# probility problem

• Feb 25th 2010, 05:28 AM
chialin4
probility problem
i think it is not easy!!

A judge is 65% sure that a suspect has committed a crime .
During the course of the trial a witness convinces the judge that there is an 85% chance that the criminal is left-handed. If 23% of the population is left-handed and the suspect is also left-handed,with this imformation,
how certain should the judge be of the guilt of the suspect?
• Feb 26th 2010, 09:46 AM
davismj
Quote:

Originally Posted by chialin4
A judge is 65% sure that a suspect has committed a crime .
During the course of the trial a witness convinces the judge that there is an 85% chance that the criminal is left-handed. If 23% of the population is left-handed and the suspect is also left-handed,with this imformation,
how certain should the judge be of the guilt of the suspect?

Let P(A) be the probability of the judges initial suspicion: P(A) = 0.65.

Let P(S) be the probability (according to the judge's thought process) that the criminal is left handed: P(S) = 0.85

Let P(L) be the proportion of the population that is left handed: P(L) = 0.23.

So, let's start with the left-handedness. We know that there's a fairly good (85%) chance that the suspect is left-handed; however, there's a slight (23%) chance that whomever they put up on the stand--regardless of guilt--would be left-handed. This means that if they picked a random person off the street and put them on the stand, there's a 23% chance that they would have an 85% chance of being wrongly accused, or about 21.25% (since it is most likely that the suspicion that the guilty part is left-handed is most-likely independent of any assumptions on the population). In other words,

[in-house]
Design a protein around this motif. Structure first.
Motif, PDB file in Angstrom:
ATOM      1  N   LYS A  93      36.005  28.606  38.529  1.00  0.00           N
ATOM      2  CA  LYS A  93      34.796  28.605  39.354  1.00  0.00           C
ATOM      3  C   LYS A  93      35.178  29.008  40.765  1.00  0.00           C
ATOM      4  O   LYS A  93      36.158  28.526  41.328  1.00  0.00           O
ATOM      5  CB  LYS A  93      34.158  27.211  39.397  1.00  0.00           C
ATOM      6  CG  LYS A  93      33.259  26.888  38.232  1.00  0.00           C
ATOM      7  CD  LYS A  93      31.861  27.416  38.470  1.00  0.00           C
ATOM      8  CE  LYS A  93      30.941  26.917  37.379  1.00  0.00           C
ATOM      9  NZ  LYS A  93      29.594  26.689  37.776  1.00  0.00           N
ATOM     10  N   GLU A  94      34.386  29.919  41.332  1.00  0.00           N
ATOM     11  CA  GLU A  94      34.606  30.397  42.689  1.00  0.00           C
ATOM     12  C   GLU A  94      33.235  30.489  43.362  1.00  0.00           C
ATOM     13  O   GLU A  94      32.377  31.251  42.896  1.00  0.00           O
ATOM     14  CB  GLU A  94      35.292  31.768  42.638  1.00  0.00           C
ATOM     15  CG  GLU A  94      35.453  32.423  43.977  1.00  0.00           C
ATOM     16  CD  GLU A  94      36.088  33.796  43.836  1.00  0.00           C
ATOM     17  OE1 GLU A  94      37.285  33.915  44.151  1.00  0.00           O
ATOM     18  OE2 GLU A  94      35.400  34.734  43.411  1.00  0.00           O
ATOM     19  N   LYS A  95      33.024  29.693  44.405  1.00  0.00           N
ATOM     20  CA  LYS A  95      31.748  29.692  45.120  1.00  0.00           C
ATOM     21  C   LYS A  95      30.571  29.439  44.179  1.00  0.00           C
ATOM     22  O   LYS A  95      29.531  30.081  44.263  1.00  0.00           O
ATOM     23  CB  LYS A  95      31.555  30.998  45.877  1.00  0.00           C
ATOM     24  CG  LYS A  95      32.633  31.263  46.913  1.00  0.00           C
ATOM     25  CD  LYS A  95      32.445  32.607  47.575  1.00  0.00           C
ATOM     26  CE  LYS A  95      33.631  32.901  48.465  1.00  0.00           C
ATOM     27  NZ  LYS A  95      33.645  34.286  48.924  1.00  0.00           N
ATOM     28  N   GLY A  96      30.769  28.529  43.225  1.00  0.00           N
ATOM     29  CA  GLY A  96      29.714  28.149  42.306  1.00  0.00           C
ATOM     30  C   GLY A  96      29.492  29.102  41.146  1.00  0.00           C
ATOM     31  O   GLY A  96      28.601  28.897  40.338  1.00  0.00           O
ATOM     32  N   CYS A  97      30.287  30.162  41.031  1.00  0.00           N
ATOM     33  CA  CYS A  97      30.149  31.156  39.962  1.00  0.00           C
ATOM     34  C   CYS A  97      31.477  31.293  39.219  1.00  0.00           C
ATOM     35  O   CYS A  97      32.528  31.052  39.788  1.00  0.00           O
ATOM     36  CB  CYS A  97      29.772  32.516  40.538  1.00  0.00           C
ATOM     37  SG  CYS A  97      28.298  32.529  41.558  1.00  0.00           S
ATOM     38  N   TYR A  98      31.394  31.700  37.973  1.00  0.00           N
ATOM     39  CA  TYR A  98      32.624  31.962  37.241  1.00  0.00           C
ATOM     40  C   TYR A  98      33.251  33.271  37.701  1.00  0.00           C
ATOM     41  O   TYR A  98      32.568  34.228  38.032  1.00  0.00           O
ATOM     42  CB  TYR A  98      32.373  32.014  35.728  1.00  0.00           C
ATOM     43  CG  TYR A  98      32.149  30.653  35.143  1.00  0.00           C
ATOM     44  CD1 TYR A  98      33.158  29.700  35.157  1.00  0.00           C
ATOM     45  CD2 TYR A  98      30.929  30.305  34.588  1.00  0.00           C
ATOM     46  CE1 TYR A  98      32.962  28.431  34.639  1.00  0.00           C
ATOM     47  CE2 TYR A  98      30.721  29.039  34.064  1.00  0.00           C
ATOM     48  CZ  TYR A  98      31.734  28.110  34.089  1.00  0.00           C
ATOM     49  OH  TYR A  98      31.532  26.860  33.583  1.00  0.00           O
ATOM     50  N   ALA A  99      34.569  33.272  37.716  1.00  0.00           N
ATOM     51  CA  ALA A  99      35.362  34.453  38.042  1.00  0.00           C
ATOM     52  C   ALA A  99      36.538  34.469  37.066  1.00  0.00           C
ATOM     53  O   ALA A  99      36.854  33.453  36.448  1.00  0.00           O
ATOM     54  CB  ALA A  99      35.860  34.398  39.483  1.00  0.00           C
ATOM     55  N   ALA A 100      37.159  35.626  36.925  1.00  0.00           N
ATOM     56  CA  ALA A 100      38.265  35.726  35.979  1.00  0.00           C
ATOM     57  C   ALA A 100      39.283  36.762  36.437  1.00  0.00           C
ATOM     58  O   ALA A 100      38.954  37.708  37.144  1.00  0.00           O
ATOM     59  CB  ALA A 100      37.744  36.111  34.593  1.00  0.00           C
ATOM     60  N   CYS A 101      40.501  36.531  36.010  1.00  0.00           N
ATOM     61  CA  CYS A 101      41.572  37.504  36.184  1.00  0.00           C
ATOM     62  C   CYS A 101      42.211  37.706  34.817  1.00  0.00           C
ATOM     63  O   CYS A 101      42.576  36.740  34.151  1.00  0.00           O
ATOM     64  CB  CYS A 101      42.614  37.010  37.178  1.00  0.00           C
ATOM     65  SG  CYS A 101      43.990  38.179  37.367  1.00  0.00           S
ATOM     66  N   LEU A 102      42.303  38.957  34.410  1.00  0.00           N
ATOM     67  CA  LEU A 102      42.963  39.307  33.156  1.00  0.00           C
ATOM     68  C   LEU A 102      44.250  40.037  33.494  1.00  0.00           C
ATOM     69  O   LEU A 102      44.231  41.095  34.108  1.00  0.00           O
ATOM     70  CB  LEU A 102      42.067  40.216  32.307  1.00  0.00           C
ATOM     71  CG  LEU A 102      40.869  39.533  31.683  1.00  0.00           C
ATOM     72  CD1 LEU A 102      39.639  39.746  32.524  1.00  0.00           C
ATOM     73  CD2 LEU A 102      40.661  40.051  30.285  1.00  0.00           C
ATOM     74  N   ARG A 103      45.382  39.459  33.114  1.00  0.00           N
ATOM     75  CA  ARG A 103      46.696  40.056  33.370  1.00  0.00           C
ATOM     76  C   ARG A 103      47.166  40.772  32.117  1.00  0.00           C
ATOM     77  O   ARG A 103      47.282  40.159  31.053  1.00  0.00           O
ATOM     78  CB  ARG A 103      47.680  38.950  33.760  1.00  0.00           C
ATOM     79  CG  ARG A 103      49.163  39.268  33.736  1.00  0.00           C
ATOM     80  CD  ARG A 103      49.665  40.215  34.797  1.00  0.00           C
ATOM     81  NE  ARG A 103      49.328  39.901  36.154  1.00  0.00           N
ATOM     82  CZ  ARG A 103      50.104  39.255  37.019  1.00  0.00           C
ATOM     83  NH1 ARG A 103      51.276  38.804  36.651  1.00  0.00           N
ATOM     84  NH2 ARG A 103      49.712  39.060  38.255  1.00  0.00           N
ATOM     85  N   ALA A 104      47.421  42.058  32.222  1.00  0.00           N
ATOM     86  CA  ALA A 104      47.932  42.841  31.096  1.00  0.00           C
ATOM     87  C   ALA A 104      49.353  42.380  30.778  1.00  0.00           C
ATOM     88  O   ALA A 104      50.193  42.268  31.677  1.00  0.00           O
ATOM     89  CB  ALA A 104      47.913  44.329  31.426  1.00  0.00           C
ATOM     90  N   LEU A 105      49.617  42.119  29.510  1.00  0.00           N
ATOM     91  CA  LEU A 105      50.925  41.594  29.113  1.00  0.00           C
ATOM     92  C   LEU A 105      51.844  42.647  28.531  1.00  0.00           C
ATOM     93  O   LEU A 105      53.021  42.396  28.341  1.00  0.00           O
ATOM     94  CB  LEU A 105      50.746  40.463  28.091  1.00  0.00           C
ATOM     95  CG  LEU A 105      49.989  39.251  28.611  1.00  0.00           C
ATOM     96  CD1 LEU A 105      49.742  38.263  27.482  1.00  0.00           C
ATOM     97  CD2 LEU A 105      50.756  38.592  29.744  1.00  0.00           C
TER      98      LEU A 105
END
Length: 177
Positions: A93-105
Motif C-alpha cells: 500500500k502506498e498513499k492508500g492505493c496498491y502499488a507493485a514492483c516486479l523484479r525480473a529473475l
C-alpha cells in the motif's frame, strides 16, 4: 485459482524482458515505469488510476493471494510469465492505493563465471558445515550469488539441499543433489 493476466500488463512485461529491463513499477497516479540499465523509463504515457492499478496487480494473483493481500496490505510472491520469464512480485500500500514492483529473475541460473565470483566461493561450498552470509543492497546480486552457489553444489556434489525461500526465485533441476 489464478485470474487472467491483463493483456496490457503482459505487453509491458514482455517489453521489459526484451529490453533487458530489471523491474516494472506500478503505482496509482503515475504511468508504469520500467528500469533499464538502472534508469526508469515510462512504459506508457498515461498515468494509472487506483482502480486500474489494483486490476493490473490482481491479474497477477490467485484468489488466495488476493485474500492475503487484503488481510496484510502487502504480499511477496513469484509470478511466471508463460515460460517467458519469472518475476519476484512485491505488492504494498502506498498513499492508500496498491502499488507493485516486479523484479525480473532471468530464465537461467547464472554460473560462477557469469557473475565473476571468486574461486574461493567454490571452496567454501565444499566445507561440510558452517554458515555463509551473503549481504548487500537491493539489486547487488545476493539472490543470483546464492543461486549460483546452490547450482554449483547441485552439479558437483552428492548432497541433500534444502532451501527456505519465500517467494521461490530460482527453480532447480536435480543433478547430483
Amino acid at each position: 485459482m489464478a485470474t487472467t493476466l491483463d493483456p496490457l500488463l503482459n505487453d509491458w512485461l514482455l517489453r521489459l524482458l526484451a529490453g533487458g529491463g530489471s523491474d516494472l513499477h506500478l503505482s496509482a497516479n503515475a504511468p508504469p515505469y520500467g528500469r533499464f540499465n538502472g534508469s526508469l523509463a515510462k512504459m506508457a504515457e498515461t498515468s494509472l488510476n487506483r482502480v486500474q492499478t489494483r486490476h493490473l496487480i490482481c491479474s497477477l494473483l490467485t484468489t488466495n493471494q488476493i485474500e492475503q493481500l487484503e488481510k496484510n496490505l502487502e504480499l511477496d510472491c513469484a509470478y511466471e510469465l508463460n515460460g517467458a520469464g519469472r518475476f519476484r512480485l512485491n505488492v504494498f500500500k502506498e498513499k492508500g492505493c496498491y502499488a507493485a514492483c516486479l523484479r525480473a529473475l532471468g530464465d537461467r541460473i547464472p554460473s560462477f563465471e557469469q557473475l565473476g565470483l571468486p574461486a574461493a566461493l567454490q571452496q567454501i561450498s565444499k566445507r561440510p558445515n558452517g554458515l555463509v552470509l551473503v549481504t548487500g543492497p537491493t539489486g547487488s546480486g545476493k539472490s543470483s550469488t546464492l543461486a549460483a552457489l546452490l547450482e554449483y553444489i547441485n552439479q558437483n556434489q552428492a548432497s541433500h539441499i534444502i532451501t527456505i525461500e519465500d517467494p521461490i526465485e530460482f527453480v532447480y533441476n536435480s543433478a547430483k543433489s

P(S | L) = P(S)P(L) = (0.23)(0.85) = 0.2125

Let E be the probability that the evidence shows that he is guilty. Given the above conditional probability--the probability that a left-handed person would be wrongly accused--we know that

P(E) = 1 - (0.2125) = 0.7875

Now, the judge knows there is a fairly good chance that it is no coincidence that this person is the suspect, and he's somewhat (65%) sure that this person is guilty anyway. These are certainly independent, and so we have.

P(A | E) = P(A)P(E) = (0.65)(0.7875) = 0.5119

Therefore, there is about a 51.2% chance that this person is guilty given the evidence and the judge's intuition.

Edit: I think I've read this problem wrong. I'm going to look at it again.
• Feb 26th 2010, 02:18 PM
davismj
I'd like to take another look at what we know. Perhaps a better interpretation of our data will culminate in better results.

We have a the set of all people, from which one and only one person is guilty. 23% of the population is left-handed, and 77% of the population is right-handed. We've picked someone out of the crowd--a lefty--and we've decided there's a 65% chance we've picked the guilty person. Let's call this G:

P(G) = 0.65

Okay. Now we bring in some evidence. A witness decides that there's an 85% chance the guilty person is left-handed, which makes our suspect look more guilty. In other words, if we pick the guilty individual, there's an 85% chance he's left-handed. Thus, we have:

P(L | G) = 0.85

However, 23% of people are left-handed, which means we could easily have picked the wrong guy. But ultimately, what we want to show is:

P(G | L) = p

In other words, what is the probability that we've picked the guilty person given his left-handedness.

Okay, let's not assume independence, since we may very well have picked this individual out of a lineup specifically because he's left-handed. We know that

P(G | L) = $\frac{P(G \cap L)}{P(L)}$

and

P(L | G) = $\frac{P(L \cap G)}{P(G)} = \frac{P(G \cap L)}{0.65} = 0.85 \implies P(G \cap L) = (0.65)(0.85) = 0.5525$

Now here is the tricky part. We need to know P(L). When I first worked through this, I assumed, that P(L) = 0.23. However, with our figures for P(L | G) and $P(L \cap G)$, we measure L as the probability that this individual would be left-handed. Let's look at it like this: There is a dichotomy involved with our left-handed suspect. He's either left-handed and guilty, or left-handed and not guilty (since we know he is left-handed). So we have

$P(L) = P(L \cap G) + P(L \cap G') = P(L | G)P(G) + P(L | G')P(G')$

We know P(L | G), P(G), and P(G'), so what is P(L | G')? This figure is precisely the population figure of 23%; that is, since only one person is guilty, of all the non-guilty people, 23% are left-handed, and 77% are right-handed. Thus, we have: